The Historic and Contemporary Permanence of the Doctrine of Discovery in Canada

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Celine Rose Beaulieu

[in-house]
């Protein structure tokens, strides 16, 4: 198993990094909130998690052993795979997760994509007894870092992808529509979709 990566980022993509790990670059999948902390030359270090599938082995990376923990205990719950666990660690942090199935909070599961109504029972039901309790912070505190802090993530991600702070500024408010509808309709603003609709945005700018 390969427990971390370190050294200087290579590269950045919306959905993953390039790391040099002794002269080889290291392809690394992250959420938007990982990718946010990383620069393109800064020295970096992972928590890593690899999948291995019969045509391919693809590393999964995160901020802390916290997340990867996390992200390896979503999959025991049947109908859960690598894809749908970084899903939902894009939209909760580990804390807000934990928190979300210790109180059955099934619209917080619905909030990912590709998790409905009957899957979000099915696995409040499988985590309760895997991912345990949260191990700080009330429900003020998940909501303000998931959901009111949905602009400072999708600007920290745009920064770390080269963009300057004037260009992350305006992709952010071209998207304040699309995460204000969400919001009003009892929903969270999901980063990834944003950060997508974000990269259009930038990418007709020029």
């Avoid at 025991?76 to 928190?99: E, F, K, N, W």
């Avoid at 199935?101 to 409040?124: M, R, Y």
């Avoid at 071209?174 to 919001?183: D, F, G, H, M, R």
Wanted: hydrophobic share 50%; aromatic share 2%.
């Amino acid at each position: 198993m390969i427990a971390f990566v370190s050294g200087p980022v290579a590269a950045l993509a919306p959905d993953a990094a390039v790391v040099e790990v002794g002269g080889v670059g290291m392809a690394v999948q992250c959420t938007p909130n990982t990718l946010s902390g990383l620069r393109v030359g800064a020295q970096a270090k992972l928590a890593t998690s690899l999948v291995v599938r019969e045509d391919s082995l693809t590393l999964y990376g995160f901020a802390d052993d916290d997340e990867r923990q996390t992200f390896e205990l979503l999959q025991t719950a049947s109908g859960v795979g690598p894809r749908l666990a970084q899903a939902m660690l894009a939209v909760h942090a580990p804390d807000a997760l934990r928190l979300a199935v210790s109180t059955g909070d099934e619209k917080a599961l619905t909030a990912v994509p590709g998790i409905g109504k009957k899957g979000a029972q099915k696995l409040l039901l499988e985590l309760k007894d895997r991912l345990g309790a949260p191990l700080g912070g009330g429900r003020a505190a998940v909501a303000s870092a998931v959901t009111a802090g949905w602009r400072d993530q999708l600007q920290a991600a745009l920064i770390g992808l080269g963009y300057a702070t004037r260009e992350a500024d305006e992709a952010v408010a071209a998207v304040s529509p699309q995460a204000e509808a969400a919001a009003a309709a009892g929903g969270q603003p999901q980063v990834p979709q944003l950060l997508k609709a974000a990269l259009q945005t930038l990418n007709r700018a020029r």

In the Truth and Reconciliation’s Final Report, four of the 94 calls to action referred to the repudiation of concepts which have justified claims of European sovereignty while implicitly refuting claims that dismiss the legitimacy of Indigenous land ownership prior to European contact. This paper demonstrates how the concepts of terra nullius and the Doctrine of Discovery have prevented the recognition and affirmation of Indigenous peoples’ sovereignty in Canada historically and presently. This article will first introduce the concepts of the Doctrine of Discovery and terra nullius as religious constructs and demonstrate how these concepts became integrated into the colonial mentality of European countries by drawing from Andrew Crosby and Jeffery Monaghan’s concept of “settler governmentality.” These two concepts, in particular, justified the false pretensions of European countries to assume they could occupy, ‘discover’ and take the land from Indigenous peoples. By acknowledging Indigenous sovereignty is inherently connected to their relationship with the land, this article will conclude by analyzing the work of contemporary academics and reports that argue Indigenous laws cannot be adequately acknowledged under the current Canadian legislation.